I’d heard the catchy refrain of “If Only” played countless of times on James’ redwood acoustic guitar, drifting in from the bedroom to the stained calico couch I was sprawled on, but each grunt of his frustration brought a small smile to my lips. “If Only” wasn’t written for me, but it was what James polished for performance whenever he invited me to drop by and visit. Sometimes while half-reading the dog-eared copy of “Pride and Prejudice” I kept at James’ apartment, I caught myself softly singing the harmony with him.
Funny, how on those visits, I didn’t actually spend a lot of time with James; we just happened to be in the same apartment. “An artist needs his space to create,” he’d say to me after the polite half hour of small talk and updates:
“Dyed it, too. Dark cherry; you like?”
“It’s different; not quite the You I know. I hate my job still.”
“Steal the Swingline, burn the place down.”
“It could happen.”
Scrawny, smooth arms hiding a wealth of muscle would lift me bodily off his messily made bed, ushering me gently but firmly from his room. Warm, callused hands would steer me by the shoulders around the scattered musician paraphernalia on the floor: stacks of blank staff paper, broken pencils, piles of CDs, keyboard littered with picks, guitar amps covered with crumpled paper wads, and four open guitar cases.
It was later than the usual when I got up from reading and knocked my goodbyes on the Ziggy poster a previous tenant expertly glued to his door, because he was just coming out as I raised a fist to tap. He was puzzled to find me still there, the sun long gone off to sleep and the full moon steadily bright in an otherwise inky black Los Angeles night. “Wild Horses” by the Sundays, I noticed, was playing on the stereo in the corner of his room; for a Bruce Hornsby, Sting-still-with-the-Police wannabe, he played an awful lot of ‘90s girl bands. Stepping around him into the room to sidestep the awkwardness, I took in the mess I was expecting to see. It was the four pages of handwritten sheet music with my name across the tops I didn’t anticipate.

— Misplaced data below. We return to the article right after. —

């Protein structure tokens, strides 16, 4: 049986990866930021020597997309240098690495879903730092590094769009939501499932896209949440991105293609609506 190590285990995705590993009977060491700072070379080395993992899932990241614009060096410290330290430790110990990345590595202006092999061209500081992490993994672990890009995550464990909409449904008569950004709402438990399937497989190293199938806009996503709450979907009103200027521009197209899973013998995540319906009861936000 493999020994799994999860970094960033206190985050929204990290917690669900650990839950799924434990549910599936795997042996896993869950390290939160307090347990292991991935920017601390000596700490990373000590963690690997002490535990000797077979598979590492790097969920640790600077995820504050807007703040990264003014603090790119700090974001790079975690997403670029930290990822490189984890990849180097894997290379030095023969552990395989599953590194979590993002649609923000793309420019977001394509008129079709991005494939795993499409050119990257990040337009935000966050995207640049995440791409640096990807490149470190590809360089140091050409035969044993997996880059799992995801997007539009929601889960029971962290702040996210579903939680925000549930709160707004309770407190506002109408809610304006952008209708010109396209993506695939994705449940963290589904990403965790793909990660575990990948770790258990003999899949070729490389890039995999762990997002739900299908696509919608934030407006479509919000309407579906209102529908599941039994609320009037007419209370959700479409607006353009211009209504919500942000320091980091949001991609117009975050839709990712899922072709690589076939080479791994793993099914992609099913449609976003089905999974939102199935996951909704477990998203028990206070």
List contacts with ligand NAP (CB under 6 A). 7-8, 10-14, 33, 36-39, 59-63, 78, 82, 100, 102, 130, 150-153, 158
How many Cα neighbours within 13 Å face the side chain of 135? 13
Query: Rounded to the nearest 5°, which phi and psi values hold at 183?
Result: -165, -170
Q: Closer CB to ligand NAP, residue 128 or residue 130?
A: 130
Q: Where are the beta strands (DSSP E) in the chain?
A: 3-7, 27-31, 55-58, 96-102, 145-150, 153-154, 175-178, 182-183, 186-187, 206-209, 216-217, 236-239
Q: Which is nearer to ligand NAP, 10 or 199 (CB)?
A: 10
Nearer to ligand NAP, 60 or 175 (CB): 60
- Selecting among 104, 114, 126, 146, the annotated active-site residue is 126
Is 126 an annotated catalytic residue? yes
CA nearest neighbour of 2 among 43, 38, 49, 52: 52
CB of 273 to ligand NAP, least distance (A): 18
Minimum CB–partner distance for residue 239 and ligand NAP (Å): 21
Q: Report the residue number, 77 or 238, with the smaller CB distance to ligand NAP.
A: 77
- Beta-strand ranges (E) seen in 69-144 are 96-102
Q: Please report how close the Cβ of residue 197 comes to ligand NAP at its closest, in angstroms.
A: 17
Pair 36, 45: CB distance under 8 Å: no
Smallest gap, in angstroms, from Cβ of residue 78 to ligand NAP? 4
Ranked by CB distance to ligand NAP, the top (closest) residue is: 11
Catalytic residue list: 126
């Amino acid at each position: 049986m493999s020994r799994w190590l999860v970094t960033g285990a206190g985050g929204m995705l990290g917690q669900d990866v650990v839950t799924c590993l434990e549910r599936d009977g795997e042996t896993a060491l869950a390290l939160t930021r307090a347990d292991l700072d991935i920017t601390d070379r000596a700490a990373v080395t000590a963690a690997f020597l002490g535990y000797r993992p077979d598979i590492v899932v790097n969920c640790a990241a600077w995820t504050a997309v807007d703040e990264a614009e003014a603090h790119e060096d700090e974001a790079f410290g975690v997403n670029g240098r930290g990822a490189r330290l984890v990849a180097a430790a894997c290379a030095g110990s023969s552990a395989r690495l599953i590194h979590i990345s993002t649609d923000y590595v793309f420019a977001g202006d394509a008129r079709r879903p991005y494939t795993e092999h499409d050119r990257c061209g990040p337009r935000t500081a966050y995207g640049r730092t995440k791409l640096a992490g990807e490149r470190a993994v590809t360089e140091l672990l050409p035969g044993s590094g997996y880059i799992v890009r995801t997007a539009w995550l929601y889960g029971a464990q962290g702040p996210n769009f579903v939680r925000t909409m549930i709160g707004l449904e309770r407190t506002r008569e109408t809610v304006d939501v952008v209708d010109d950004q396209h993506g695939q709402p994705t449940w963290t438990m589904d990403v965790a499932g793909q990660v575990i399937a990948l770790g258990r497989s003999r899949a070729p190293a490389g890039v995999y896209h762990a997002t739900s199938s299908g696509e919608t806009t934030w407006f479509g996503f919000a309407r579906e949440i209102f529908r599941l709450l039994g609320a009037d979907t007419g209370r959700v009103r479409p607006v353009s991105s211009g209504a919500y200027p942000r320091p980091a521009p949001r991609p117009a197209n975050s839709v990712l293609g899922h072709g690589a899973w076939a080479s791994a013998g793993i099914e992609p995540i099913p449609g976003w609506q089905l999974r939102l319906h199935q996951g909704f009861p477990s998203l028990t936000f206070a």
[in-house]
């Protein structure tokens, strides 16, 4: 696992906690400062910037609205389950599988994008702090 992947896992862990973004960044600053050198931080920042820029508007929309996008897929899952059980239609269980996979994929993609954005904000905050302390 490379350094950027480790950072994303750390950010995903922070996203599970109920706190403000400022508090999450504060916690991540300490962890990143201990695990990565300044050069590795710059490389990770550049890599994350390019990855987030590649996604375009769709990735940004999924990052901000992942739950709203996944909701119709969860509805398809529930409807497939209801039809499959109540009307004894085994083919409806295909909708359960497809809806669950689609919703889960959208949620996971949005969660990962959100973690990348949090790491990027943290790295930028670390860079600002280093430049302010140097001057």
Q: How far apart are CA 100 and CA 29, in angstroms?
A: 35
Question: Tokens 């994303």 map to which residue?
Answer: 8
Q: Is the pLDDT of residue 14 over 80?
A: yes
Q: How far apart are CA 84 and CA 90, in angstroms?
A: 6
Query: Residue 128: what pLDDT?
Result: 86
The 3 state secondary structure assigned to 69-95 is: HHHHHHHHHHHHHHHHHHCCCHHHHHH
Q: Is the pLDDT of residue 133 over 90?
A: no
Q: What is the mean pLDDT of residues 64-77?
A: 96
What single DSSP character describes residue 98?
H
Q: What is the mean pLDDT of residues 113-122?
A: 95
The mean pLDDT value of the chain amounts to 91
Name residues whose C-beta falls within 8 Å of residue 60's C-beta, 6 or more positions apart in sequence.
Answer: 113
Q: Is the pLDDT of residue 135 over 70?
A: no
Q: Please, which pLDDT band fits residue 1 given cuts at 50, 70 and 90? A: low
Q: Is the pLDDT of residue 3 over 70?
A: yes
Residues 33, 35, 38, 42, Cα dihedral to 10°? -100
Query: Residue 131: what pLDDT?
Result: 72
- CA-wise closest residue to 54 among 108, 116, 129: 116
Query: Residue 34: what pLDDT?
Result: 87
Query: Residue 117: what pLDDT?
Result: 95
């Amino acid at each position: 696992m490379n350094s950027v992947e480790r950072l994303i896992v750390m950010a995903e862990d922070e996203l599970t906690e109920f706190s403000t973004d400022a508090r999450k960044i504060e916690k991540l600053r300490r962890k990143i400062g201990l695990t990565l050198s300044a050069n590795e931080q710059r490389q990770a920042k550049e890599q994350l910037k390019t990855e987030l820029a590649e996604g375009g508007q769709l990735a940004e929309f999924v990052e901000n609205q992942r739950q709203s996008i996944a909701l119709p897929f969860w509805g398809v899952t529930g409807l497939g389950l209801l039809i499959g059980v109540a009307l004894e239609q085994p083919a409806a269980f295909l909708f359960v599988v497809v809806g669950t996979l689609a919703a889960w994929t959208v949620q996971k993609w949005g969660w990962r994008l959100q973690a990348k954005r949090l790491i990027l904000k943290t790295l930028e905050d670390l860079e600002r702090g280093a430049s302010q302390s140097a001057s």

Not asking, I took it to the keyboard and played the notes drawn in his god-awful chicken scratch that I could read. It was rough, but still beautiful. From the periphery of my vision, I could see James leaning in the doorjamb, looking like he’d just made a good decision. Proud with the simpleton familiarity I’d achieved after only few run-throughs, I asked, “Like that?” He’d sat down around me on the large bench while I was fiddling, his solid front heating my back, his arms finally reaching around mine to show me the song I couldn’t read. It was more elaborate than I’d imagined, his fingers holding down chords and sweet melodies that I was suddenly humming a harmony to, eventually leaning back flush against his chest. When he stopped, he turned to me and said with clear eyes before touching slightly chapped lips to mine for the first time in the year we’d known each other, “Yeah. A little like that.”